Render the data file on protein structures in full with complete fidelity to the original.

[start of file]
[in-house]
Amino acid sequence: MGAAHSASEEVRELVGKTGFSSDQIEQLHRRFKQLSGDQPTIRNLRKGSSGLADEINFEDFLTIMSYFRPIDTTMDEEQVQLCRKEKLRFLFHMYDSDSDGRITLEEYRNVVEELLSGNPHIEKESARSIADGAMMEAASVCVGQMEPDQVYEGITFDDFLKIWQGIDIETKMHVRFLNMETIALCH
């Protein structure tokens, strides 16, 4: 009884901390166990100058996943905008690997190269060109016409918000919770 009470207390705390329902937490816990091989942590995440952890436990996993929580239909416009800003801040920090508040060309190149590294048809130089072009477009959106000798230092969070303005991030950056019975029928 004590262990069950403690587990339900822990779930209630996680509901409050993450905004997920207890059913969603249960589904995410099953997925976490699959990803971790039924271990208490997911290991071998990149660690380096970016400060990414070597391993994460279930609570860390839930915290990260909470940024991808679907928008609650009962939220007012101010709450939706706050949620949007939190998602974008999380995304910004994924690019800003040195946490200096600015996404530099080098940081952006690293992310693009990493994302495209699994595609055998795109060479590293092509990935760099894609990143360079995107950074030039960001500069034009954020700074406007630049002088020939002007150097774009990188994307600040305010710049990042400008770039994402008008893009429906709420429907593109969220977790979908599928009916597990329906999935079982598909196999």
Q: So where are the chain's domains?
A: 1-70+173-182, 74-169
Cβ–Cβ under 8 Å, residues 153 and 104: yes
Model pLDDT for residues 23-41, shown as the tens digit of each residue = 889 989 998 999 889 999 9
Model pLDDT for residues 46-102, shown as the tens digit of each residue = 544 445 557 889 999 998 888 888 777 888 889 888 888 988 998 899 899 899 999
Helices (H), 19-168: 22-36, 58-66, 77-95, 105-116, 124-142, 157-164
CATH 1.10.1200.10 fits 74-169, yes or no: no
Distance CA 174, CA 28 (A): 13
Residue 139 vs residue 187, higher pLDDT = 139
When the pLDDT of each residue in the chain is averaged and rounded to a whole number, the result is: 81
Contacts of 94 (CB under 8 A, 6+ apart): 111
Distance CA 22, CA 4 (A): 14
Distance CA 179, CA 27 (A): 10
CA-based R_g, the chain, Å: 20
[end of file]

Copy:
[in-house]
Amino acid sequence: MGAAHSASEEVRELVGKTGFSSDQIEQLHRRFKQLSGDQPTIRNLRKGSSGLADEINFEDFLTIMSYFRPIDTTMDEEQVQLCRKEKLRFLFHMYDSDSDGRITLEEYRNVVEELLSGNPHIEKESARSIADGAMMEAASVCVGQMEPDQVYEGITFDDFLKIWQGIDIETKMHVRFLNMETIALCH
């Protein structure tokens, strides 16, 4: 009884901390166990100058996943905008690997190269060109016409918000919770 009470207390705390329902937490816990091989942590995440952890436990996993929580239909416009800003801040920090508040060309190149590294048809130089072009477009959106000798230092969070303005991030950056019975029928 004590262990069950403690587990339900822990779930209630996680509901409050993450905004997920207890059913969603249960589904995410099953997925976490699959990803971790039924271990208490997911290991071998990149660690380096970016400060990414070597391993994460279930609570860390839930915290990260909470940024991808679907928008609650009962939220007012101010709450939706706050949620949007939190998602974008999380995304910004994924690019800003040195946490200096600015996404530099080098940081952006690293992310693009990493994302495209699994595609055998795109060479590293092509990935760099894609990143360079995107950074030039960001500069034009954020700074406007630049002088020939002007150097774009990188994307600040305010710049990042400008770039994402008008893009429906709420429907593109969220977790979908599928009916597990329906999935079982598909196999």
Q: So where are the chain's domains?
A: 1-70+173-182, 74-169
Cβ–Cβ under 8 Å, residues 153 and 104: yes
Model pLDDT for residues 23-41, shown as the tens digit of each residue = 889 989 998 999 889 999 9
Model pLDDT for residues 46-102, shown as the tens digit of each residue = 544 445 557 889 999 998 888 888 777 888 889 888 888 988 998 899 899 899 999
Helices (H), 19-168: 22-36, 58-66, 77-95, 105-116, 124-142, 157-164
CATH 1.10.1200.10 fits 74-169, yes or no: no
Distance CA 174, CA 28 (A): 13
Residue 139 vs residue 187, higher pLDDT = 139
When the pLDDT of each residue in the chain is averaged and rounded to a whole number, the result is: 81
Contacts of 94 (CB under 8 A, 6+ apart): 111
Distance CA 22, CA 4 (A): 14
Distance CA 179, CA 27 (A): 10
CA-based R_g, the chain, Å: 20